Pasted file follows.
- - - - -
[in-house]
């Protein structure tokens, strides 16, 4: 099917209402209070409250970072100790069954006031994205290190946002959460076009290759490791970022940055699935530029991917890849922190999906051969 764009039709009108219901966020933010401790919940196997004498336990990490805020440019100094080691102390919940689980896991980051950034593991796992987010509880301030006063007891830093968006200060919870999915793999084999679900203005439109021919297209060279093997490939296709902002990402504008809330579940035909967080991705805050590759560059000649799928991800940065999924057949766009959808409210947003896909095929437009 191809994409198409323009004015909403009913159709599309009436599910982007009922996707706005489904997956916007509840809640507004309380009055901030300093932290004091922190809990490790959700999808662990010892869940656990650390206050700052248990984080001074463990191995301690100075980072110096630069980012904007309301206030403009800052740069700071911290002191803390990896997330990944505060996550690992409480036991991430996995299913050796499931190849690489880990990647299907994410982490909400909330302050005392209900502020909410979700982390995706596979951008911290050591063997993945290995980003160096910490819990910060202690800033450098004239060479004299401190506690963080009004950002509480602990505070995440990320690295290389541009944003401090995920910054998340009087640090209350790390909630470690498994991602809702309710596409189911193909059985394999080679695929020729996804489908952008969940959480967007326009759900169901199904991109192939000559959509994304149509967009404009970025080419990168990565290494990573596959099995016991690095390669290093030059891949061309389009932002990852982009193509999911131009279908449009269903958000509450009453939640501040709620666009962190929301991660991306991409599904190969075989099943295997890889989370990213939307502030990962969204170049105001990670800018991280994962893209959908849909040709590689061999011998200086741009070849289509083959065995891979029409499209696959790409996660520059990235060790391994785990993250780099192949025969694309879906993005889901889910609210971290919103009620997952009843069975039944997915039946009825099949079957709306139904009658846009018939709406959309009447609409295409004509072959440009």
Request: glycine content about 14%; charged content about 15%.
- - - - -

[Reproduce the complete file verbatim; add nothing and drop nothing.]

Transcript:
[in-house]
């Protein structure tokens, strides 16, 4: 099917209402209070409250970072100790069954006031994205290190946002959460076009290759490791970022940055699935530029991917890849922190999906051969 764009039709009108219901966020933010401790919940196997004498336990990490805020440019100094080691102390919940689980896991980051950034593991796992987010509880301030006063007891830093968006200060919870999915793999084999679900203005439109021919297209060279093997490939296709902002990402504008809330579940035909967080991705805050590759560059000649799928991800940065999924057949766009959808409210947003896909095929437009 191809994409198409323009004015909403009913159709599309009436599910982007009922996707706005489904997956916007509840809640507004309380009055901030300093932290004091922190809990490790959700999808662990010892869940656990650390206050700052248990984080001074463990191995301690100075980072110096630069980012904007309301206030403009800052740069700071911290002191803390990896997330990944505060996550690992409480036991991430996995299913050796499931190849690489880990990647299907994410982490909400909330302050005392209900502020909410979700982390995706596979951008911290050591063997993945290995980003160096910490819990910060202690800033450098004239060479004299401190506690963080009004950002509480602990505070995440990320690295290389541009944003401090995920910054998340009087640090209350790390909630470690498994991602809702309710596409189911193909059985394999080679695929020729996804489908952008969940959480967007326009759900169901199904991109192939000559959509994304149509967009404009970025080419990168990565290494990573596959099995016991690095390669290093030059891949061309389009932002990852982009193509999911131009279908449009269903958000509450009453939640501040709620666009962190929301991660991306991409599904190969075989099943295997890889989370990213939307502030990962969204170049105001990670800018991280994962893209959908849909040709590689061999011998200086741009070849289509083959065995891979029409499209696959790409996660520059990235060790391994785990993250780099192949025969694309879906993005889901889910609210971290919103009620997952009843069975039944997915039946009825099949079957709306139904009658846009018939709406959309009447609409295409004509072959440009």
Request: glycine content about 14%; charged content about 15%.